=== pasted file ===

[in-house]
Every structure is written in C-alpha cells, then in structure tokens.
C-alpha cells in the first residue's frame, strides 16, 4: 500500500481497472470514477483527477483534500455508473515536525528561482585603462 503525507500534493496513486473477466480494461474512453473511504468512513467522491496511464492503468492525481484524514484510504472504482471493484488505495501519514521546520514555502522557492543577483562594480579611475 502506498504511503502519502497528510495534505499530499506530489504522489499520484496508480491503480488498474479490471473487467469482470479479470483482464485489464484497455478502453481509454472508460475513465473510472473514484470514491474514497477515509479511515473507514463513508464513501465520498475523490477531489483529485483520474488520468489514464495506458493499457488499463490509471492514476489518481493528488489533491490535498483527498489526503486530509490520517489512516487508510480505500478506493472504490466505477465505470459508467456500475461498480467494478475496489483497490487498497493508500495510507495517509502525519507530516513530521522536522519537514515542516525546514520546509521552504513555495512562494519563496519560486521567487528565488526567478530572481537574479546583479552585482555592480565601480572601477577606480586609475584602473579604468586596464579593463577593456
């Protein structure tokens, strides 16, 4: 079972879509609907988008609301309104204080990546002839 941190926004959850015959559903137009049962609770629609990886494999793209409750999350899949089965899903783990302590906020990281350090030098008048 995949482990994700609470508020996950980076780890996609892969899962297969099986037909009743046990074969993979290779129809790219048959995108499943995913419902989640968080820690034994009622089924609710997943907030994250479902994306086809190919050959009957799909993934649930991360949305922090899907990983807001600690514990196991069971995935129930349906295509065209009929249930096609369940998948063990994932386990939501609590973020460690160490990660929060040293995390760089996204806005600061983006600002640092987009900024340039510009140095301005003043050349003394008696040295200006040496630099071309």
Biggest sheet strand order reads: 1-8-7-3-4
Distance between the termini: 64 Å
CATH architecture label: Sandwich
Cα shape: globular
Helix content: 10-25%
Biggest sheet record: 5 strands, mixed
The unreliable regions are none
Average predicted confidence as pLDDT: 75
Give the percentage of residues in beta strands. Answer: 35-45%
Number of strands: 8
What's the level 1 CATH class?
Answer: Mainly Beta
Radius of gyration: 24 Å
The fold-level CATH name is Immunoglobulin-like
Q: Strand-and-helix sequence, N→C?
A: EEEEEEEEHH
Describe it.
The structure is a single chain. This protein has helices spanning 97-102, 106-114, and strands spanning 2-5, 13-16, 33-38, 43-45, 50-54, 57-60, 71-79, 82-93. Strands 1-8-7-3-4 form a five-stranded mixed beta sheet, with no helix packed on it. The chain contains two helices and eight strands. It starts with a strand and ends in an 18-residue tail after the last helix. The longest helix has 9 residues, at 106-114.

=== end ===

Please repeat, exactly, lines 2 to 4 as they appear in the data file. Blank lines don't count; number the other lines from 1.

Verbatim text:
Every structure is written in C-alpha cells, then in structure tokens.
C-alpha cells in the first residue's frame, strides 16, 4: 500500500481497472470514477483527477483534500455508473515536525528561482585603462 503525507500534493496513486473477466480494461474512453473511504468512513467522491496511464492503468492525481484524514484510504472504482471493484488505495501519514521546520514555502522557492543577483562594480579611475 502506498504511503502519502497528510495534505499530499506530489504522489499520484496508480491503480488498474479490471473487467469482470479479470483482464485489464484497455478502453481509454472508460475513465473510472473514484470514491474514497477515509479511515473507514463513508464513501465520498475523490477531489483529485483520474488520468489514464495506458493499457488499463490509471492514476489518481493528488489533491490535498483527498489526503486530509490520517489512516487508510480505500478506493472504490466505477465505470459508467456500475461498480467494478475496489483497490487498497493508500495510507495517509502525519507530516513530521522536522519537514515542516525546514520546509521552504513555495512562494519563496519560486521567487528565488526567478530572481537574479546583479552585482555592480565601480572601477577606480586609475584602473579604468586596464579593463577593456
């Protein structure tokens, strides 16, 4: 079972879509609907988008609301309104204080990546002839 941190926004959850015959559903137009049962609770629609990886494999793209409750999350899949089965899903783990302590906020990281350090030098008048 995949482990994700609470508020996950980076780890996609892969899962297969099986037909009743046990074969993979290779129809790219048959995108499943995913419902989640968080820690034994009622089924609710997943907030994250479902994306086809190919050959009957799909993934649930991360949305922090899907990983807001600690514990196991069971995935129930349906295509065209009929249930096609369940998948063990994932386990939501609590973020460690160490990660929060040293995390760089996204806005600061983006600002640092987009900024340039510009140095301005003043050349003394008696040295200006040496630099071309």